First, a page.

Opponents of the bill, particularly the commercial baking industry, have long said opening up retail to home bakers could raise health concerns. But the judge who struck the “cookie law” in his decision said there are no real health hazards to home-baked goods sales.

An amendment to the Assembly bill would allow annual sales of up to $10,000 before a license is required. A version that moved through the Senate had set the limit at $25,000.

The “cookie bill” remains unbaked for another session.

Relentless Referendums 

A bill that would limit the number of times a school board may seek approval from voters to hike district revenue limits did get a hearing this winter session, but it moved no further.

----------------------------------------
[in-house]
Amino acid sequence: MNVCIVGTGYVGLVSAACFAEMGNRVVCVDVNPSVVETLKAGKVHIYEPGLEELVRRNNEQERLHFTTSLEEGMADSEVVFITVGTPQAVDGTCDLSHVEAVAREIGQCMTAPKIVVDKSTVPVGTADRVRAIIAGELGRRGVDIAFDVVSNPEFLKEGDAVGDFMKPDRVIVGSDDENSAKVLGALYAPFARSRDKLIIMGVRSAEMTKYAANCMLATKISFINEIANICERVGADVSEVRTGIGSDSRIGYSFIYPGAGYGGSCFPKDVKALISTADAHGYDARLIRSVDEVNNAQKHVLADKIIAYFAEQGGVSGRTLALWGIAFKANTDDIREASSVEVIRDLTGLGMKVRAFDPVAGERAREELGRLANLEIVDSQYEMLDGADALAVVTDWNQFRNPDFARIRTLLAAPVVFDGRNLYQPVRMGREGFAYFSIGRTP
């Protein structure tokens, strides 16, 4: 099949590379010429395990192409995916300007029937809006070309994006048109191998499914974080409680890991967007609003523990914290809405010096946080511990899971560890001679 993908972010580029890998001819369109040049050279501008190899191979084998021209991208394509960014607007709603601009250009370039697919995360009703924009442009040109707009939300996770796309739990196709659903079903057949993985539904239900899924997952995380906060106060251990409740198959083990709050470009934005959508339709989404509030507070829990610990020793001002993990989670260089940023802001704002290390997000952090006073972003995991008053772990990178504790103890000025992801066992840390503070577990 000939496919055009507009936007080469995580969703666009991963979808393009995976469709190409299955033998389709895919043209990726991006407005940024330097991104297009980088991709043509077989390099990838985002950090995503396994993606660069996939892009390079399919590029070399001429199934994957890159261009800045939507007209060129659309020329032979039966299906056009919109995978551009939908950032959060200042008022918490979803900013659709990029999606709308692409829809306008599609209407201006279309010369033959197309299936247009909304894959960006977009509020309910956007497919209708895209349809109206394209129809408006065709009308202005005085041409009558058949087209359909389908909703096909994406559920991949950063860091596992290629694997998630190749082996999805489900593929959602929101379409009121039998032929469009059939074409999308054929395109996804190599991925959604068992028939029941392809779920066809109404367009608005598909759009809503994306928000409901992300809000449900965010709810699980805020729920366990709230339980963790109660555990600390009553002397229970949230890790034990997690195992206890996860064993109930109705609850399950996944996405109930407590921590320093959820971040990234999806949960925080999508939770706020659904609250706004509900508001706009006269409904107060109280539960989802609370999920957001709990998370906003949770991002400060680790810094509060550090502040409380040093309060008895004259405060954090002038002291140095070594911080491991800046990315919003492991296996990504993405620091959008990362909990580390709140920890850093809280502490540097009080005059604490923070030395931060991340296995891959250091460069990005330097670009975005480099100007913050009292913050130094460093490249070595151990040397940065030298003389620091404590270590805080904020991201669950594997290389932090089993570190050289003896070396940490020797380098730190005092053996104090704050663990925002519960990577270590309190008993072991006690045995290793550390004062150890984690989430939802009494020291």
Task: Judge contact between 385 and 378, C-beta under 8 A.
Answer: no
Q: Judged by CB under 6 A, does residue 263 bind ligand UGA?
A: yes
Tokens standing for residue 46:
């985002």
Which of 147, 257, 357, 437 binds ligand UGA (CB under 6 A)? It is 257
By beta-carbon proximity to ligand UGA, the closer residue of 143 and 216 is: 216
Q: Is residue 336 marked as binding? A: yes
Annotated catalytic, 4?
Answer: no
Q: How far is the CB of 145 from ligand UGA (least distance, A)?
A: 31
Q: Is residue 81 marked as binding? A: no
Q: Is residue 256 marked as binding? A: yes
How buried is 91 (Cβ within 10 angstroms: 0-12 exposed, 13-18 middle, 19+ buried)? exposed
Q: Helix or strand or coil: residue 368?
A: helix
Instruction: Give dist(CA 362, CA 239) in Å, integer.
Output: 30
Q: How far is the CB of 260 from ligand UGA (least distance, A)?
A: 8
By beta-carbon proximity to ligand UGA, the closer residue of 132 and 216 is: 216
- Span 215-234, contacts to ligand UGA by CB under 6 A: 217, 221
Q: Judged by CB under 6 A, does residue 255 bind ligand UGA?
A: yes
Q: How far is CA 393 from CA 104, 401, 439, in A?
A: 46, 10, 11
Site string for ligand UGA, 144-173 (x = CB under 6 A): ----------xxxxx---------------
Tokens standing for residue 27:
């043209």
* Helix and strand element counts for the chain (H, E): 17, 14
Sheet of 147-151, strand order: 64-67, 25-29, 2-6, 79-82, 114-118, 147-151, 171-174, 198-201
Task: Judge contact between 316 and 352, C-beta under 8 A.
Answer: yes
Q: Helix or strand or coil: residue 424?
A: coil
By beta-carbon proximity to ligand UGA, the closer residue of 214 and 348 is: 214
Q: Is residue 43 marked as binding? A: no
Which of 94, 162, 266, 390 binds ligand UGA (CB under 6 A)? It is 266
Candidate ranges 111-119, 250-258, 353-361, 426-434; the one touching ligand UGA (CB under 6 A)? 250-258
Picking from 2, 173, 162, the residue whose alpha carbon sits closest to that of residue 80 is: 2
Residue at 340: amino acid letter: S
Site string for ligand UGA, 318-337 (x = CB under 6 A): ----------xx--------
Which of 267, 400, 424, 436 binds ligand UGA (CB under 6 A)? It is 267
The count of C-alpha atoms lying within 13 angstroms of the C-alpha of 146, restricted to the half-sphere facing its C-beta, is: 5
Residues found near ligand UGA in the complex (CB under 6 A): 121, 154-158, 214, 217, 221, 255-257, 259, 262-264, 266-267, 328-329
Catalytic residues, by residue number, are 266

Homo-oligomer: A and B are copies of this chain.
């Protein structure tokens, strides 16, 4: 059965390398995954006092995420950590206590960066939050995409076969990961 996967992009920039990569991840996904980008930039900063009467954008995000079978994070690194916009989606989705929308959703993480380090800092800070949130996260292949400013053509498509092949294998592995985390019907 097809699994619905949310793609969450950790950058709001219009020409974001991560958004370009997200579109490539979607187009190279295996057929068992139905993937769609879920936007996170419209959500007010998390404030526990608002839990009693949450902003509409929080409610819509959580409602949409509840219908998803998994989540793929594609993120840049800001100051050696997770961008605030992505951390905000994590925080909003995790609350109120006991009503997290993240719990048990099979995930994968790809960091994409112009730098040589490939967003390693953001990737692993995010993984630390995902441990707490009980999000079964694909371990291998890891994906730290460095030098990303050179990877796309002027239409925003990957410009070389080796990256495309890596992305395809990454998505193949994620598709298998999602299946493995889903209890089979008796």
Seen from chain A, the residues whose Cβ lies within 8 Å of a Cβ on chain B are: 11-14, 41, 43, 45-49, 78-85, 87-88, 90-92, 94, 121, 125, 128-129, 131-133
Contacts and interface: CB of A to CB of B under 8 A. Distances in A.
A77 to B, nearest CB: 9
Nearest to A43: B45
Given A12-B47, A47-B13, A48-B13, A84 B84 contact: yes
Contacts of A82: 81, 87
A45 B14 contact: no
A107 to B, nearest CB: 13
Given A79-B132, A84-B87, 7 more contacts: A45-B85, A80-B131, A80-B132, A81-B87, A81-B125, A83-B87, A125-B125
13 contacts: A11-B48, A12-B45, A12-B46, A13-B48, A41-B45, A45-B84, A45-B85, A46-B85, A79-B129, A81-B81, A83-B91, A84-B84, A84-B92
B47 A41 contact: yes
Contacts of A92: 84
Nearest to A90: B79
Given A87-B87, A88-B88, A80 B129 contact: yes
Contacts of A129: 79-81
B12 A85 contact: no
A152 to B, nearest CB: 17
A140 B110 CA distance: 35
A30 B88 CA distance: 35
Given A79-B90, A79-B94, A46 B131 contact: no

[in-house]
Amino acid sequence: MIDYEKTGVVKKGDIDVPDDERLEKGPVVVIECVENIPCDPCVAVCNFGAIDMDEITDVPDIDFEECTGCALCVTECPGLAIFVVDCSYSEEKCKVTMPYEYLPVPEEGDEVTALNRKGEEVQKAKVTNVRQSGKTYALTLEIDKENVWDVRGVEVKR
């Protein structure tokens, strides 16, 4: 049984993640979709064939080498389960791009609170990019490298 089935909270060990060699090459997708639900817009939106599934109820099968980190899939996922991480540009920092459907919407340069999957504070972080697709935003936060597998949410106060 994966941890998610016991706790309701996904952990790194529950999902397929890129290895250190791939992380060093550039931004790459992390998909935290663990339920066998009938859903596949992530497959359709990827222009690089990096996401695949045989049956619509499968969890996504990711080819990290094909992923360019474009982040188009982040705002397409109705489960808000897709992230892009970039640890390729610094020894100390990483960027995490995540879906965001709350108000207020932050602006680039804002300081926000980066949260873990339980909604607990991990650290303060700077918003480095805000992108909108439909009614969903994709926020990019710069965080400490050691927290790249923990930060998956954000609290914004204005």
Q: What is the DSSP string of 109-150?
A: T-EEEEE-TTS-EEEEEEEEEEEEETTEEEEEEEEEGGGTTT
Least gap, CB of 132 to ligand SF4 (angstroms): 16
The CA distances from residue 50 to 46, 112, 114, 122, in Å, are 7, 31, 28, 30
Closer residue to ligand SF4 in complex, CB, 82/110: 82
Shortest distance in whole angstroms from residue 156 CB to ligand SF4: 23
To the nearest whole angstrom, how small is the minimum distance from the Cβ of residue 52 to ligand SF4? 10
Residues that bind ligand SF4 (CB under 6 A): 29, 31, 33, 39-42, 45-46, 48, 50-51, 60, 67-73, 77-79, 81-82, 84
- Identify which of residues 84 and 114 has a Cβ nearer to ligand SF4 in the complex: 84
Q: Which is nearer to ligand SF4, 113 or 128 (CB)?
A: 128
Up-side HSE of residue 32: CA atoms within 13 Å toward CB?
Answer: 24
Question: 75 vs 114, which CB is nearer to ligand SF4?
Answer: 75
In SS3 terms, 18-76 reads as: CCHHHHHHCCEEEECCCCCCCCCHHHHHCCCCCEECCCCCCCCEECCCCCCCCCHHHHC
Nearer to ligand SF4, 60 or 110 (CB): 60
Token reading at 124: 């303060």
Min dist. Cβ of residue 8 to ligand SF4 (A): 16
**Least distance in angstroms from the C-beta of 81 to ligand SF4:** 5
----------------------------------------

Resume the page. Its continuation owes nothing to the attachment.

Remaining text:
Senate Bill 195, authored by Sen. Duey Stroebel (R-Saukville), also would eliminate the distinction between recurring and nonrecurring referendums and would curtail the authority of a school board to include excess revenue generated for a recurring purpose in its base revenue per pupil in the determination of a district’s revenue limit.

Another Stroebel bill, Senate Bill 191, also stalled. The measure would limit when a school district can vote to have a referendum. It requires that school districts vote to authorize a referendum only at the school district’s annual meeting – not at special meetings called for that purpose. The bill also prohibits a vote to exceed a district’s revenue limit for recurring or nonrecurring purposes at special meetings.

In a session in which the Republican-controlled Legislature focused on delivering record funding to Wisconsin’s k-12 schools, Stroebel’s checks on referenda didn’t make the cut.

Investigating the John Doe Investigators